Money To Live

April 22, 2009

Tapping my emergency fund

Filed under: Uncategorized — by moneytolive @ 5:00 am

A popular (and controversial) topic in personal finance is the “emergency fund.” The standard advice for an emergency fund is to have 3-12 months living expenses in cash.

When I was laid off I had a little over $12,000 in cash savings. Half of this was intended as an “emergency fund,” and half of this was the beginnings of a “down payment fund.” Since home ownership is off the horizon for now, I lumped all of the money together and will leave it that way until I feel financially settled again. In Virginia, my minimum monthly expenses were around $2,000. Not counting unemployment and severance, I could survive for about 6 months.

An unexpected expense

I was pretty shocked when I realized I had never considered one aspect of my emergency fund: would I have enough money to move?

Soon after being laid off, I realized I did not want to stay in Virginia, and it would be quite expensive to leave.

The cost of moving would be more than $7,000, deeply cutting into my cash savings. To move out of my apartment, I would owe 4 months rent: 60 days notice of intent to vacate and 2 months penalty. With monthly rent at $1,610, it would cost over $6,000 simply to leave my apartment. Also, to move even some of my belongings halfway across the country would cost a minimum of $1,000.

I had not thought about moving costs, and a lot of other people are in this situation as well. Consider Detroit. Not only are people losing their auto industry jobs, but since the industry is dying and people are leaving, home prices are plummeting. To leave, a family needs enough money to pay for moving expenses and make a down payment on a new home (or deposit on an apartment). They may be unable to sell their Detroit home for a profit and may have to keep making mortgage payments on an empty house, rent out the house (possibly at a loss), or face foreclosure.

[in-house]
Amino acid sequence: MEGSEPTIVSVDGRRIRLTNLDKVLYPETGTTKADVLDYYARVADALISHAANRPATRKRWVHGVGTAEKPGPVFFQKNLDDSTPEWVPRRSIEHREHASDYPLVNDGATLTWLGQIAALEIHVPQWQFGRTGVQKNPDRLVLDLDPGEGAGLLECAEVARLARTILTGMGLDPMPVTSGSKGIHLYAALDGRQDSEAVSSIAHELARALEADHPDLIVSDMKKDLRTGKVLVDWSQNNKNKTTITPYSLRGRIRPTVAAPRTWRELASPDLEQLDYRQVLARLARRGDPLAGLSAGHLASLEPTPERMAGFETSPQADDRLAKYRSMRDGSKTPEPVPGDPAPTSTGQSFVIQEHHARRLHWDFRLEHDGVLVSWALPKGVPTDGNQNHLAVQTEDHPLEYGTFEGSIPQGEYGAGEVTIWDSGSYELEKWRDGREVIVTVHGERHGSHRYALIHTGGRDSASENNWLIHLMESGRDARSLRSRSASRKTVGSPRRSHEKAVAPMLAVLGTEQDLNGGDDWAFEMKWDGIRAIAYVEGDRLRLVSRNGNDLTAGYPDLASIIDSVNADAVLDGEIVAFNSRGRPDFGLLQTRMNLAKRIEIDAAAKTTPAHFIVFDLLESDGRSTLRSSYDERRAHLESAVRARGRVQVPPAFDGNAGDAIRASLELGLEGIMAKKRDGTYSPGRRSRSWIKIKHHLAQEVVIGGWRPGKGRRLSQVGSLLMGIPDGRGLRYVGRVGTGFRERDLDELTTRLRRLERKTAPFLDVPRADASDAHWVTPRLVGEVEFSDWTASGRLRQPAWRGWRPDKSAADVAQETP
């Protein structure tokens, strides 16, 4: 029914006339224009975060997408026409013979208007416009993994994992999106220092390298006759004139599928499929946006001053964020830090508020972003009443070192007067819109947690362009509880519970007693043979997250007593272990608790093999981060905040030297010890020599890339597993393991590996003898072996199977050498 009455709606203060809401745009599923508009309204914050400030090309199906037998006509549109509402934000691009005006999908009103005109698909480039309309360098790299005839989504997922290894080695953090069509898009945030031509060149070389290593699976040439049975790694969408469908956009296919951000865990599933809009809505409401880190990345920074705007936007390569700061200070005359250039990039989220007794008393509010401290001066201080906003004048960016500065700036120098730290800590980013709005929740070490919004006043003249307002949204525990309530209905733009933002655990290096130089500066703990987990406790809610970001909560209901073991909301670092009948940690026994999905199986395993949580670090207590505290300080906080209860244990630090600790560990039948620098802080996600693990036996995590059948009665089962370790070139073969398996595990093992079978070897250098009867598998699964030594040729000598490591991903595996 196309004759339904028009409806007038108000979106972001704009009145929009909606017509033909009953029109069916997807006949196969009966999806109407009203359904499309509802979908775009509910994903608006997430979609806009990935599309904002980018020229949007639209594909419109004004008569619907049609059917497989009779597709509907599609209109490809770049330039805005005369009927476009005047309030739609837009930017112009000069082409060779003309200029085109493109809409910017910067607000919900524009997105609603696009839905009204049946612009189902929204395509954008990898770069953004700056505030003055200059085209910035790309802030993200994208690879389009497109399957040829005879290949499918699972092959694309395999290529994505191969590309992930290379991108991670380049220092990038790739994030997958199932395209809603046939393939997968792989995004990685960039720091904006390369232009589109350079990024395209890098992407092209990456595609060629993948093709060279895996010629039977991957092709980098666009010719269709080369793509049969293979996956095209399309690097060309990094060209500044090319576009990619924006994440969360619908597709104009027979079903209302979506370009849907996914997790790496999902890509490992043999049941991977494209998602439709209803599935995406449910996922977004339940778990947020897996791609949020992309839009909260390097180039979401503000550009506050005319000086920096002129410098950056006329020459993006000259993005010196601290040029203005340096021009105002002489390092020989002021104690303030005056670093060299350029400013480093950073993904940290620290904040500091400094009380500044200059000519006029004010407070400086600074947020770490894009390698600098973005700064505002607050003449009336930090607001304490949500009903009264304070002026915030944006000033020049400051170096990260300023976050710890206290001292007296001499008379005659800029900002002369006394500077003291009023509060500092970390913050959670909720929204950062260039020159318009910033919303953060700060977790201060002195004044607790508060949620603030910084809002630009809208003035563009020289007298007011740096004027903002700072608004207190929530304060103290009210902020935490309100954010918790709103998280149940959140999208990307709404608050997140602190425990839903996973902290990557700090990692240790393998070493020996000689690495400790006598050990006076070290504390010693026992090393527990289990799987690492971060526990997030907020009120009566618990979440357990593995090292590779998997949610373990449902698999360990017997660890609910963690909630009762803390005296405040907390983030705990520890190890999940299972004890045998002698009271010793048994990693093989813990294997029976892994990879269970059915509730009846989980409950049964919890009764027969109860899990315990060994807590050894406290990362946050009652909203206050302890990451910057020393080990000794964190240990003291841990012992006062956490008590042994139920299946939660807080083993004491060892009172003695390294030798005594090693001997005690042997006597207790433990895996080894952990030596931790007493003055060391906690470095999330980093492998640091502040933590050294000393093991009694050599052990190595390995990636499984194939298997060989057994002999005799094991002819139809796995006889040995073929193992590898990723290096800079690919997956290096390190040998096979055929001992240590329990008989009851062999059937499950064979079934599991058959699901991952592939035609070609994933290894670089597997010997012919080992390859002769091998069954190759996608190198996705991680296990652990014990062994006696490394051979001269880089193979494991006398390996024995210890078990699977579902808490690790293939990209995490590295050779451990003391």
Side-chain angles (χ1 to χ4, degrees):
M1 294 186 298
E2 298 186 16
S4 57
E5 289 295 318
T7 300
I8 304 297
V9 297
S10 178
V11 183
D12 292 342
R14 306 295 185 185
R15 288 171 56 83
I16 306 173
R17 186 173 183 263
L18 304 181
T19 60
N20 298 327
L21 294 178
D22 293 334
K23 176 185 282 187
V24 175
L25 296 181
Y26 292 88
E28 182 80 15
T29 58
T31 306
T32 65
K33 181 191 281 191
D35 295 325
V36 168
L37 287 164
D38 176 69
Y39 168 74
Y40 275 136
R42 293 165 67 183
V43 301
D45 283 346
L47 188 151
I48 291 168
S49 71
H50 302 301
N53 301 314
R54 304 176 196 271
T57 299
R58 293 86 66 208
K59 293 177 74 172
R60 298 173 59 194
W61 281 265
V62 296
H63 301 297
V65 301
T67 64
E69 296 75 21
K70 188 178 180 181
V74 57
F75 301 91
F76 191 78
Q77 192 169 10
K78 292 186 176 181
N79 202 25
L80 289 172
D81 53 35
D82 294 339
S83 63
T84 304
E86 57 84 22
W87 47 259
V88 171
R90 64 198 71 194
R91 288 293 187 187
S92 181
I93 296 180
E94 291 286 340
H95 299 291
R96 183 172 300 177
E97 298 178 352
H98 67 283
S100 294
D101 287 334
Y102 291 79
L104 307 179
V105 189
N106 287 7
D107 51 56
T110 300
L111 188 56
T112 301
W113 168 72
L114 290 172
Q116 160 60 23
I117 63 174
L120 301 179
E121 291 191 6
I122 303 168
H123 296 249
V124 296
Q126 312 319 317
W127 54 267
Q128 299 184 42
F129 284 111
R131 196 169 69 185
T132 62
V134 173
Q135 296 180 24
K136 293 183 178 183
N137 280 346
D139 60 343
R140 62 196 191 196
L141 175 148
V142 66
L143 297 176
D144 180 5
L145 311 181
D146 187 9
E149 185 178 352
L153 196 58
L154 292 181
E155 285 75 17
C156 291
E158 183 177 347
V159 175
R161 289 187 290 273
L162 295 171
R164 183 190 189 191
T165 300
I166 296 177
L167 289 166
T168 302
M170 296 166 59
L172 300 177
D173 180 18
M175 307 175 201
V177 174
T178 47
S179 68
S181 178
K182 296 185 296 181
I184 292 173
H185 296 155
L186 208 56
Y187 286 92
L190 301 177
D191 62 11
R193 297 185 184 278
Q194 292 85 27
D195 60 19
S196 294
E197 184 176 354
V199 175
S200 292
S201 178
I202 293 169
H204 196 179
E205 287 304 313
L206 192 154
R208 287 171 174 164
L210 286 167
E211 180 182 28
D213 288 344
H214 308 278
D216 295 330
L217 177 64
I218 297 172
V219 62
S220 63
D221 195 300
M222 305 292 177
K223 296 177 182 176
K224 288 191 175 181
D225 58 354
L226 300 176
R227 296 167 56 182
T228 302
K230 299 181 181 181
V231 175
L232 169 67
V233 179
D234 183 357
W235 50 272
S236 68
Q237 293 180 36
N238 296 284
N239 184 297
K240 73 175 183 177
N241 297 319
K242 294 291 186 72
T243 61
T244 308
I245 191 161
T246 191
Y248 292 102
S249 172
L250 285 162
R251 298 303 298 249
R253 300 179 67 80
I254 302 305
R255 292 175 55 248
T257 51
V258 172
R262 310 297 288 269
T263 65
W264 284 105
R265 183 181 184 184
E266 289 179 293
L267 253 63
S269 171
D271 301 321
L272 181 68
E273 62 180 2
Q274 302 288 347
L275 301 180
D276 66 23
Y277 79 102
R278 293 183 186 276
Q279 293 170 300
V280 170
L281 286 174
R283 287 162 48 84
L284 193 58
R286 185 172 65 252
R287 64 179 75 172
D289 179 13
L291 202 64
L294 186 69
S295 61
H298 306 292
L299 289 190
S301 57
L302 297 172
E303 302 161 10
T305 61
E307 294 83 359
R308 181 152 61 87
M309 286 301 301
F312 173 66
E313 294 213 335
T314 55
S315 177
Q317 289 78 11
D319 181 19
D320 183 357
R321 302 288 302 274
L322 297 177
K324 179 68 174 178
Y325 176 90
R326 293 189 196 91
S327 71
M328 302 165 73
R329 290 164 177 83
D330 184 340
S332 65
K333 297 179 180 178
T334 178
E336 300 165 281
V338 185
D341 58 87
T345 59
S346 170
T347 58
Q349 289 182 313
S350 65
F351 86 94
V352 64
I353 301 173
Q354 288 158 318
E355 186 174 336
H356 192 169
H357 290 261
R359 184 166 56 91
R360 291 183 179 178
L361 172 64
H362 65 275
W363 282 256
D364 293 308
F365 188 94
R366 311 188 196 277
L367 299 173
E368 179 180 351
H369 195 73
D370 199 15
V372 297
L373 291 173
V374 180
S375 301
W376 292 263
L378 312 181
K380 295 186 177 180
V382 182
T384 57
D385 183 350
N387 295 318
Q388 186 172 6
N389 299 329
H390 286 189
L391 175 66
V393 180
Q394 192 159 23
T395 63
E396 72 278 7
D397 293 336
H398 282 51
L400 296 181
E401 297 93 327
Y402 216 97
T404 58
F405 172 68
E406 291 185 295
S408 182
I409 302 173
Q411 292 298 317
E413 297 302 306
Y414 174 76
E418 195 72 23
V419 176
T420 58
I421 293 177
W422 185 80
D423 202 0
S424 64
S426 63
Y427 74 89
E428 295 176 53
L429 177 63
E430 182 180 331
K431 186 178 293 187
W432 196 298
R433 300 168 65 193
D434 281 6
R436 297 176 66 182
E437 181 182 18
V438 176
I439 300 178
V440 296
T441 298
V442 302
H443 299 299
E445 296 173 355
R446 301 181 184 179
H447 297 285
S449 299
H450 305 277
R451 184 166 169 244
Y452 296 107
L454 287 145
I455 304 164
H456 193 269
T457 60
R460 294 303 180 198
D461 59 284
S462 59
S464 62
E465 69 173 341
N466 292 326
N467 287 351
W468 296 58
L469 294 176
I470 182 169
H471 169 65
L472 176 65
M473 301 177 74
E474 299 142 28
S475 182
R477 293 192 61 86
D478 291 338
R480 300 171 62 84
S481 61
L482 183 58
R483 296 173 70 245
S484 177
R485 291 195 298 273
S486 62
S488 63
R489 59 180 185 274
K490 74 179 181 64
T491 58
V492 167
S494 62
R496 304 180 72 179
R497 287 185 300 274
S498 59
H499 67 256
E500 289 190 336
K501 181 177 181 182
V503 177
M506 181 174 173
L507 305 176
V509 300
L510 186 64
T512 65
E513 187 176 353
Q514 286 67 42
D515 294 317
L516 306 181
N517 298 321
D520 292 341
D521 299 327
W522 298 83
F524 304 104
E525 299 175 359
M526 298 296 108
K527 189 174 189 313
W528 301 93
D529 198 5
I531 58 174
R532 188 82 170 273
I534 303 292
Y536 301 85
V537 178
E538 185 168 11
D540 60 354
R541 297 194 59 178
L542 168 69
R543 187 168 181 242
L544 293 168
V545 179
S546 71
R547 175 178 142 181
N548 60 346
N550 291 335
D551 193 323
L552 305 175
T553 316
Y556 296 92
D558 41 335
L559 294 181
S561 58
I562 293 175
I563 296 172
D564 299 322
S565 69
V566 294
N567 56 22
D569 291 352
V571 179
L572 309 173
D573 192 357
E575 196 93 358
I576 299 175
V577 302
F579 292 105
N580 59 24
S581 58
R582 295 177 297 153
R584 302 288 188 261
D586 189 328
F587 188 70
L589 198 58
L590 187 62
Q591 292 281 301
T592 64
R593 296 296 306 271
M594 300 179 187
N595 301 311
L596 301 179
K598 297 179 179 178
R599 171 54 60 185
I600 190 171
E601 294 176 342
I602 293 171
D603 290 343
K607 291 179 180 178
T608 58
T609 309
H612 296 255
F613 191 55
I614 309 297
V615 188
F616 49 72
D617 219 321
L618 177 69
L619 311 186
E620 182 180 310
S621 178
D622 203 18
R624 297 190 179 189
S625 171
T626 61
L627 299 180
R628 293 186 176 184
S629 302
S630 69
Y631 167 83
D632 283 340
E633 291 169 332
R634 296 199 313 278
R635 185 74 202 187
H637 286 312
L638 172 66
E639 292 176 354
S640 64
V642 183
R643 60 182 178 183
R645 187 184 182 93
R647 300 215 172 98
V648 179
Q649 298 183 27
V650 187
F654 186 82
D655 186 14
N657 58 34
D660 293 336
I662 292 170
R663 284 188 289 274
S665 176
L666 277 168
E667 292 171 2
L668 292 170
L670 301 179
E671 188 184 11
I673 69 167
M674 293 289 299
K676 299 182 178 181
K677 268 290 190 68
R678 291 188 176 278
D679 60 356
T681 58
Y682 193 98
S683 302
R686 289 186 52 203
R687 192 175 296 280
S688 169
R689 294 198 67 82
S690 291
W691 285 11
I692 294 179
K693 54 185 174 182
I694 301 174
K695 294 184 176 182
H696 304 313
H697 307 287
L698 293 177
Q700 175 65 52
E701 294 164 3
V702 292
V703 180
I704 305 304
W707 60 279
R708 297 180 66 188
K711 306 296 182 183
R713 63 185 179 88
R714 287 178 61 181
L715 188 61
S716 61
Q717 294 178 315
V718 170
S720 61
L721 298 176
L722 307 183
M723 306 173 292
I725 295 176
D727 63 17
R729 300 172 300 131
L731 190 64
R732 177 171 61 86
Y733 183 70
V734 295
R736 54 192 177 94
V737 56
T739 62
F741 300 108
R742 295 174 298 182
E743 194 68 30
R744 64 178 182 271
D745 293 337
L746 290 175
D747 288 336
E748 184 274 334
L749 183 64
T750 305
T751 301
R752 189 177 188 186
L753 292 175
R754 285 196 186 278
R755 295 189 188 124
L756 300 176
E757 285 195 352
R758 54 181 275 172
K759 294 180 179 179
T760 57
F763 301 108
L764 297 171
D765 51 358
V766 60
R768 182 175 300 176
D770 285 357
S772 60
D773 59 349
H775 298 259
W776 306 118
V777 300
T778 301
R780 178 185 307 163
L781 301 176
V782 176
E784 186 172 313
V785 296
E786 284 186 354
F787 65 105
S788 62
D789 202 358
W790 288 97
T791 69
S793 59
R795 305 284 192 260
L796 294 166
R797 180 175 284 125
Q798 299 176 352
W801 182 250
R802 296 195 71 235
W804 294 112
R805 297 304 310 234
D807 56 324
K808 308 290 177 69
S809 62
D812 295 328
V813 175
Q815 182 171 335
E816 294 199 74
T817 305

Fortunately, I was able to negotiate what I had to pay to break the lease. Instead of $6K, I ended up having to pay only about a third of that.

Dipping into savings

With the help of severance pay and unemployment benefits, I have not had to tap my cash savings yet. I hope to keep it that way, except for two, big upcoming expenses:

  • attend a residential yoga teacher training program (about $5,500)
  • pay the deposit of my next apartment

Since I do not have a job lined up, I am taking three weeks off from the job search to obtain a yoga teaching certification. Today my mom and I started a road trip to the Colorado Rockies, where I will be for the next three weeks.

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2 Comments »

  1. Good luck and have fun on the road trip!!

    Comment by Shannon — April 22, 2009 @ 10:36 am |Reply

  2. I haven’t moved most of my possessions, only myself. I have things that I need to pick up at some point, and then the cost of moving far is going to hit me. I really don’t know how that is going to work, but for now some friends are housing my things in their basement.

    I agree that deposits are a scary expense when not yet employed. I am currently on a month-to-month basis for rent/commitment. I was lucky to take over a room from someone I know and they have left their deposit for me to return later.

    The teacher training program, whilst expensive, is in my opinion a very worthwhile investment in *you*. I have spent a lot of money on personal education, which I often grumble about but I know that it well and truly pays off in my personal life (and hopefully soon in income too).

    Comment by Anita — April 25, 2009 @ 7:07 am |Reply


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